16 Jul 2015

All that jazz

Best. Summer. Ever. With these bold words (and punctuation!), straight from some cool adman's desk, Toronto advertises its current program of activities. The Ontario metropolis has put on a series of musical performances, street art, fireworks, culinary activities and so on to go along with the 2015 Pan Am Games that it hosts. How quaint.

It may well be the best summer ever. For Toronto. In Montréal, of course, that's every summer. One of the consequences of the high-tax, big government policies of Québec is the largest per-capita spending on arts and culture in Canada. And that materializes itself in the summer-long parade of events which set the city abuzz.

The Jazz Festival is the world's largest, and its reputation reaches far beyond the province's borders. Indeed, it went as far as London, where last year the Economist took note and highlighted a side of the event that had not occurred to me: Apparently, this festival alone generates about $75M in revenues for the local tourism industry. Add to that the happenings before and after it, and you end up with a nice boost to the city's economy.

Given its otherwise uninspiring economic performance, Montréal can use the leg-up, and it is encouraging to see that the "festival season" keeps expanding. This year, I have attended both the C2MTL creative shindig and a rowdy Montréal Complètement Cirque performance. And that's before Just For Laughs brings one of my favorite actors on to the local stage.

To make all of this a success, it doesn't just take lots of tax money, but a thriving local arts scene and a population willing to engage. It is the last bit, apparently, that Toronto is struggling with. When we visited the Queen City last weekend, its inhabitants seemed notably indifferent towards their supposedly sensational summer. The Pan Am organizers rushed to give out free tickets to events, so that at least some spectators would show up for the competitions. Free concerts drew modest crowds.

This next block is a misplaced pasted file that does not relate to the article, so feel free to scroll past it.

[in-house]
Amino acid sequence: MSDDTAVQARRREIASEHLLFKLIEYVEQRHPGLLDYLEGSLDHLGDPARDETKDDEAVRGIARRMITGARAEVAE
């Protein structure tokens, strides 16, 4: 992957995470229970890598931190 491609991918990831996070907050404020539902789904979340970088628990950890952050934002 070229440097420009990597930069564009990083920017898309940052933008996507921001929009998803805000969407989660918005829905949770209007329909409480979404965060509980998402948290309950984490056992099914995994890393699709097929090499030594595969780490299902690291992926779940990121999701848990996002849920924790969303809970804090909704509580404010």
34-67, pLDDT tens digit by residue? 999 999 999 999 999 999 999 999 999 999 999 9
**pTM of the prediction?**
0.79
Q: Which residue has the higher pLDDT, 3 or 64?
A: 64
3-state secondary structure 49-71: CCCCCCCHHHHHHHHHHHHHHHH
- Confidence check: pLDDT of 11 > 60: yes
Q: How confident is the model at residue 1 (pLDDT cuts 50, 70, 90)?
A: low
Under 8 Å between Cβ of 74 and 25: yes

As Montréalers, of course we would not want to be smug about Toronto's estival tribulations. Magnanimous as we are, we encourage T.O. to seek an extra boost to the provincial bottom line this summer. Staging large-scale sporting events is an excellent way of doing that - as Montréalers had to find out back in 1976.

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1 Jul 2015


Definitely not politics. Evidently, not efficient administration. And when it comes to the economy, only if you are in the mafia.

It is easy to name things that Italy is not good at. But it is just as easy to name the one thing where the boot-shaped country's supremacy is universally recognized: food.

Very appropriate, then, that "Feeding the planet. Energy for life." is the motto of this year's World's fair taking place in the northern Italian metropolis of Milan. And very obvious that the foodie writing these lines could not miss out on the chance to take a bite out of it.

The only previous Expo I had visited was in Japan,  and it was a futuristic and meticulously organized affair. I was not expecting the same level of professionalism in Italy, and when the delayed train dropped us off at long security check lines, I saw my foreboding confirmed.

But I was wrong: Once through the (very perfunctory Italian) security screening, a beautiful and cleverly designed fairground lay in front of us. Countless country pavilions lined the wide main boulevard, with service areas hosting cafeterias, clean restrooms and free water dispensers dotted throughout. Free wifi was available to those so inclined, and selfie sticks were abundant.

Even more abundant, though, was the manifestation of the fair's motto: food! For participating countries, universal expositions are excellent opportunities to polish their image and showcase their attractions. In the event, all the pavilions first invited visitors to walk through a more or less thoughtful exhibit on the future of food, before inevitably leading them to the meaty part, as it were: the restaurant and shop.

This provided us with the delicious chance to eat our way around the planet in the course of a single day. Starting with an Italian cappucino and croissant in the coffee cluster, accompanied by a little chocolate from the adjacent cocoa cluster, we grazed our way through French bread, Spanish ham, Chinese tea, Turkish hazelnuts, British honey and Chilean empanadas. In the 30 degree heat, we passed on the Swiss fondue and American burgers, and instead returned to Italian gelato in the afternoon, with another espresso shot to keep us awake. 

Before we knew it, and sadly, before many of the evening activities kicked off, it was time to head back to the train station. But not before a final stop at the Future Food District, a high-tech supermarket where we stocked up on organic cold cuts, raw milk cheese and whole grain bread for our dinner on the way home.

As the sun set on a long and memorable day, we did not feel much smarter about "Feeding the planet. Energy for life." But we did feel very well fed by the diversity our planet, and Expo, has to offer. And while we were impressed by the culinary exploits of many participating countries, it was the delicious charm and flavor of the hosts' dolce vita that makes us want to come back for seconds. A presto, Eataly!

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